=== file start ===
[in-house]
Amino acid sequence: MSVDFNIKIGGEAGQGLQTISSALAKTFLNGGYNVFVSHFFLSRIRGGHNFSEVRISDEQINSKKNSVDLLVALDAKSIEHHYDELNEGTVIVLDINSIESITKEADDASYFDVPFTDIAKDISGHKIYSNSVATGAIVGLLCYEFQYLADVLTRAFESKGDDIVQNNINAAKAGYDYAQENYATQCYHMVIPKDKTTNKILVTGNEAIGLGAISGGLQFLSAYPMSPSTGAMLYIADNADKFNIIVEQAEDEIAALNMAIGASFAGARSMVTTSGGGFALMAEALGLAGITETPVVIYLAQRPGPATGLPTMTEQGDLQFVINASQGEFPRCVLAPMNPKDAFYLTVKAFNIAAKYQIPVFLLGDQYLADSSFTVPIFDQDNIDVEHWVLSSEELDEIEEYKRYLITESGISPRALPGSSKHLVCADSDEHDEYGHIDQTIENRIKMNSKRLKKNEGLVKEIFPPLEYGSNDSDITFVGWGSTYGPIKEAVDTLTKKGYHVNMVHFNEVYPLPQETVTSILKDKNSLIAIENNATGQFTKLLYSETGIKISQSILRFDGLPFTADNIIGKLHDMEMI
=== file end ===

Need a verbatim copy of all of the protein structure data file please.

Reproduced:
[in-house]
Amino acid sequence: MSVDFNIKIGGEAGQGLQTISSALAKTFLNGGYNVFVSHFFLSRIRGGHNFSEVRISDEQINSKKNSVDLLVALDAKSIEHHYDELNEGTVIVLDINSIESITKEADDASYFDVPFTDIAKDISGHKIYSNSVATGAIVGLLCYEFQYLADVLTRAFESKGDDIVQNNINAAKAGYDYAQENYATQCYHMVIPKDKTTNKILVTGNEAIGLGAISGGLQFLSAYPMSPSTGAMLYIADNADKFNIIVEQAEDEIAALNMAIGASFAGARSMVTTSGGGFALMAEALGLAGITETPVVIYLAQRPGPATGLPTMTEQGDLQFVINASQGEFPRCVLAPMNPKDAFYLTVKAFNIAAKYQIPVFLLGDQYLADSSFTVPIFDQDNIDVEHWVLSSEELDEIEEYKRYLITESGISPRALPGSSKHLVCADSDEHDEYGHIDQTIENRIKMNSKRLKKNEGLVKEIFPPLEYGSNDSDITFVGWGSTYGPIKEAVDTLTKKGYHVNMVHFNEVYPLPQETVTSILKDKNSLIAIENNATGQFTKLLYSETGIKISQSILRFDGLPFTADNIIGKLHDMEMI